Making friends is hard. Making close friendships among men is even harder… and yet as we get older, it’s something we need more of. As we get older, men tend to have fewer and fewer close male friendships, even as we crave it more. While it’s taboo to say out loud – it tends too close to being femme for toxic masculinity – men want the same emotional intimacy, support and and closeness from masculine friendships that women have with their friends.
Ironically, we don’t have this problem when we’re younger; making friends, even close friends, comes more naturally to us when we’re kids. But as we get older, we tend to have that skill drilled out of us.
As friends drift away or lives change as we get older, we’re left with a growing emotional void. It’s one of the perversities of getting older for men that our need for emotional intimacy doesn’t change but the outlets we have for that intimacy shrink. Because we fear the consequences of being open and vulnerable to others, we tend to rely on our romantic partners for emotional needs. Intimacy becomes something shared between lovers, not between friends and so closeness between men takes on romantic overtones.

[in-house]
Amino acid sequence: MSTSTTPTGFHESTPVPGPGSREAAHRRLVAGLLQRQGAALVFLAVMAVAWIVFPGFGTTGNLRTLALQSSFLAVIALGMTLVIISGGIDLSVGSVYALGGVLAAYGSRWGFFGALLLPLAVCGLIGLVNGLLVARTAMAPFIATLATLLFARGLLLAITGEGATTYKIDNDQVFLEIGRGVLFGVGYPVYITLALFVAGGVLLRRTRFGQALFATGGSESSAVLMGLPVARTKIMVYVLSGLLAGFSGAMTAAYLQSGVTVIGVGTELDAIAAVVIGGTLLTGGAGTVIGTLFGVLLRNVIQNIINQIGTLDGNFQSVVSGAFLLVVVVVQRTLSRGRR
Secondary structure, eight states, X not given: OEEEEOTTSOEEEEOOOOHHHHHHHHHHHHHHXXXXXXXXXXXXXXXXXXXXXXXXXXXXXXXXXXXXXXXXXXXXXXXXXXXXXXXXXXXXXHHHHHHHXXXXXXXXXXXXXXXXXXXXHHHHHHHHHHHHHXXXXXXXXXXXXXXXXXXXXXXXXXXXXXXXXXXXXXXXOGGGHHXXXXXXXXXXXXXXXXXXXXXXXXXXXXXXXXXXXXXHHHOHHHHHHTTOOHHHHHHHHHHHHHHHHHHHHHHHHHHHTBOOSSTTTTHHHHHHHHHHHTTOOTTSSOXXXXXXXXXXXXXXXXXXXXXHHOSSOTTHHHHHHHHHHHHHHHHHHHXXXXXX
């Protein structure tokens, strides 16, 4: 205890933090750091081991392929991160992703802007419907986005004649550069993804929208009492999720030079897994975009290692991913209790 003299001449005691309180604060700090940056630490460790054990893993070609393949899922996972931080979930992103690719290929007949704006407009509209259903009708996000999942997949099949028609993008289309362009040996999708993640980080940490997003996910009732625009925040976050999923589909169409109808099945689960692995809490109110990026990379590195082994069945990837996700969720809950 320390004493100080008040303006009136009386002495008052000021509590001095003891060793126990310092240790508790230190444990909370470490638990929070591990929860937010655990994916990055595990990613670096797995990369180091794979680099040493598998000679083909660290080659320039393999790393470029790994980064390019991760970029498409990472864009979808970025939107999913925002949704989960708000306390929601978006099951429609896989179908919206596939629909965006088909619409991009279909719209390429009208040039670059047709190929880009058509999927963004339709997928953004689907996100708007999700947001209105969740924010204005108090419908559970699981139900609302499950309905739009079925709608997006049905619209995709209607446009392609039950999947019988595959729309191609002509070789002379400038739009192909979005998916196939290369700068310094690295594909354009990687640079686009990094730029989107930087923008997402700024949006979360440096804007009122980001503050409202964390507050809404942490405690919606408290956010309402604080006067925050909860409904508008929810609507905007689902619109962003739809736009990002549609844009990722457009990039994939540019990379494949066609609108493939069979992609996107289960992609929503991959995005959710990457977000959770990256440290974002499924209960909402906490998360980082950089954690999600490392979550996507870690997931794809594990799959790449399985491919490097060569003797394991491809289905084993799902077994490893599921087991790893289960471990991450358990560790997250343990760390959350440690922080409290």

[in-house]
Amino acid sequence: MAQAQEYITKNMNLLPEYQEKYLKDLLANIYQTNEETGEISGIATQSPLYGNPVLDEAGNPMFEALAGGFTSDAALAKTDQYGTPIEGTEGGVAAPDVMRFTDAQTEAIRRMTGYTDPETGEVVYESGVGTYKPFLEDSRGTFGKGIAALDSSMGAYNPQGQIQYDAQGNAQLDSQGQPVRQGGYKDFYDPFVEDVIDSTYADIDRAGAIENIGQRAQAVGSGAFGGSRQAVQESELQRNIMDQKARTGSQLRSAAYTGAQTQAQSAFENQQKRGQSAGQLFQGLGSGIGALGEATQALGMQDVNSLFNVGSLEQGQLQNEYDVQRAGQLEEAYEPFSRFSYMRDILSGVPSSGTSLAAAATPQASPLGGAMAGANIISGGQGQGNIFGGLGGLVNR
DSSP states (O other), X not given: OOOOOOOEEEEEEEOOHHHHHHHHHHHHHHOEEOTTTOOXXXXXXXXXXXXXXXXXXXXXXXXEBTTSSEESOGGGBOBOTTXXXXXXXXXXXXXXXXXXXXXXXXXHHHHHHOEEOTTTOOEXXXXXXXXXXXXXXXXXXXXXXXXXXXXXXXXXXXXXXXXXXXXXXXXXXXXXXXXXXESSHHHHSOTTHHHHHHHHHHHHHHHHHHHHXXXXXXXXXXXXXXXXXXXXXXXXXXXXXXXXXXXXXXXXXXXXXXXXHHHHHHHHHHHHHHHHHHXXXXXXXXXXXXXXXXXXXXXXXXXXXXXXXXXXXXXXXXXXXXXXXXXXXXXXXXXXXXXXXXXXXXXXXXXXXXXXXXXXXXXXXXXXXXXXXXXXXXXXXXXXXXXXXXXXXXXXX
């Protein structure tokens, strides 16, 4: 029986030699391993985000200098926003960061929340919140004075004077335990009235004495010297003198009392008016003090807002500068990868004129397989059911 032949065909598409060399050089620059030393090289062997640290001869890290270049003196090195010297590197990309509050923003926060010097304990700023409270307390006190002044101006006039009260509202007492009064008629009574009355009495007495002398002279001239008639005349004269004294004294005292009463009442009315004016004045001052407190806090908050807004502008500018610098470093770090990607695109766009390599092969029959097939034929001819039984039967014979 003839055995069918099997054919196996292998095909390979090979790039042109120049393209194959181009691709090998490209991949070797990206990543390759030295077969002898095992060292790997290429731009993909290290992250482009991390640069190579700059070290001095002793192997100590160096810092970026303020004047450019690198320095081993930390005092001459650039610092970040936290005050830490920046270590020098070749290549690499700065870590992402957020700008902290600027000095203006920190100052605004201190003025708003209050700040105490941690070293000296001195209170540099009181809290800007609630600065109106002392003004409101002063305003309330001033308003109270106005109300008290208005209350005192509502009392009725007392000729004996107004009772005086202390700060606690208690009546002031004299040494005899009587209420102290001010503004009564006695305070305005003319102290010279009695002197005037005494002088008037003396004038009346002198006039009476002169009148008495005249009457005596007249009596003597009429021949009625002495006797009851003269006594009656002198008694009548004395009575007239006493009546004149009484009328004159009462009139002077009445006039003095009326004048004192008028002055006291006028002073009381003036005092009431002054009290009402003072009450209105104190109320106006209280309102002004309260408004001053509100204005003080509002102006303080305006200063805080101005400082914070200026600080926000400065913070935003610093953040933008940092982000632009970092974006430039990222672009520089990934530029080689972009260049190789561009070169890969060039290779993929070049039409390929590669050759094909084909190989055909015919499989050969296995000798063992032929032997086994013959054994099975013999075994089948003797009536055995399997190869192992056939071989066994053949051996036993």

We joke about “bromances” between two close male friends, with the teasing undertones of “there must be something there even if you won’t admit it.” Even when the social condemnation – the implicit “no homo” – is taken out, audiences still tend to interpret close friendships between men1 as being romantic.
Needless to say: people worry that in trying to make friends, they’ll be seen as trying to make a move instead. And so the skill – and opportunities to exercise it – wither away.
And so we end up alone in crowds; dozens or even hundreds of connections on social media but nobody to prop us up when disaster strikes.
So how do men relearn how to find and foster closer, more emotional friendships with other men?
- To be sure: part of this is because there’s a distinct lack of partnered homosexual main characters in genre fiction, which means that there’s a hunger to see such relationships portrayed… and the issues brought up by the overlap between the two would make an article all on its own [↩]